“The amendment to the RBI act with regard to the CBDC says that currency will also include digital currency,” Shaktikanta Das, Governor, RBI said while interacting with reporters post the monetary policy announcement. “So, in all respects there is no difference in the eyes of the law, there is no difference in treatment between paper currency and digital currency. The income tax department has got certain limits on cash payments and withdrawals, the same rules will apply to CBDC also.”
Deputy governor T Rabi Sankar said that the regulator is looking at a technological solution to offer anonymity.
“Fundamental feature of cash is anonymity, the reason it’s still being used in several developed countries is because people love their privacy,” Sankar said. “How anonymity has to be ensured in the case of a digital currency because the normal understanding is that anything digital leaves a footprint can have various solutions. We can look at largely a technological solution, we understand it’s possible to do that. It is also possible to get a legal provision to ensure anonymity. What exactly will happen depends upon how things evolve.”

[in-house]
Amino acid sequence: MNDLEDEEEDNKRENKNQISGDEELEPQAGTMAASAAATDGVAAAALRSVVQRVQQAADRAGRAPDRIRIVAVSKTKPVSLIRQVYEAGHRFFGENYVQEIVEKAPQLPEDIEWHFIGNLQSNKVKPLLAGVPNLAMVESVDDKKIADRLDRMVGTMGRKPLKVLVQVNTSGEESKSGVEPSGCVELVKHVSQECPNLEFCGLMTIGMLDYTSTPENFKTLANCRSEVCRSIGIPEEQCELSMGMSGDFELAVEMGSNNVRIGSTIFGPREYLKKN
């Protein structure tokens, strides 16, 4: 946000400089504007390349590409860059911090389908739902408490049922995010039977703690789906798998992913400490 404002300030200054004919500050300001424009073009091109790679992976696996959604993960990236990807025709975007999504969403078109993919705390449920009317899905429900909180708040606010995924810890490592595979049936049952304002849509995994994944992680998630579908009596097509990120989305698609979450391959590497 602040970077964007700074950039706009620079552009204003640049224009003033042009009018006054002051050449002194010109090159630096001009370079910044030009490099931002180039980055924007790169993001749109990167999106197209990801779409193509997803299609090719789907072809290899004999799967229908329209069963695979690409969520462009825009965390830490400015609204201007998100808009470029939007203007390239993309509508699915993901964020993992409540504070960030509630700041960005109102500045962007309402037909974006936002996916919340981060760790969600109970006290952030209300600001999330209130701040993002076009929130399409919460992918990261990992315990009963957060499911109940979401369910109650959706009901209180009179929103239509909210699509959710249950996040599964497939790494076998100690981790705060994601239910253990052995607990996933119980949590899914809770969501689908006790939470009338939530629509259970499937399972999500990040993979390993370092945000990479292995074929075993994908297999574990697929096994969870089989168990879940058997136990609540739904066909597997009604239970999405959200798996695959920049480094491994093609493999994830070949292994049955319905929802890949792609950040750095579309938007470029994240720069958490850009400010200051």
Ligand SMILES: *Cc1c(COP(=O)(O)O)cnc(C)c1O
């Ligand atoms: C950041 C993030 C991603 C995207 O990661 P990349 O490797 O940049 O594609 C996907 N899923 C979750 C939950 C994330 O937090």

Sankar also said that the evolution of the CBDC will depend on how much the start-up and fintech ecosystem innovates and the kind of channels it opens up using e-rupee as the base.
“We will set up the base system so that the private sector can innovate,” he said.
ET had recently reported that the central bank has asked lenders not to report low-value transactions made via the digital rupee, seeking to ensure its proposed virtual currency offers a similar degree of anonymity associated with paper money for business exchanges below a material value threshold. Once the CBDC-R (Central Bank Backed Digital Currency-Retail) is transferred to customer wallets, banks will not track or report these transactions.
The central bank has announced the launch of the retail version of the digital rupee on December 1. In the first phase, State Bank of India, ICICI Bank, Yes Bank and IDFC First Bank will carry out the implementation in four cities — Mumbai, New Delhi, Bengaluru and Bhubaneswar.
Das also tried to answer doubts of people who are comparing the UPI and the CBDC platform. Das said that it was incorrect to compare both as one is a payment platform while another is a digital currency.
“Several questions have been raised on what is the difference between UPI and CBDC,” he said. “Any UPI transaction involves the dis-intermediation of the bank. When I use my UPI app, the message goes to the bank, the account gets debited and the money gets transferred to the recipient. Just like the paper currency, if you are drawing Rs 1000 from your bank. You shop for Rs 500 and keep the remaining in your wallet. In CBDC as well you are drawing the money and keeping it in your wallet, which is basically your mobile phone. When you make a payment to a shop or a person, money will move from your wallet to his wallet, there is no inter-mediation of the bank.”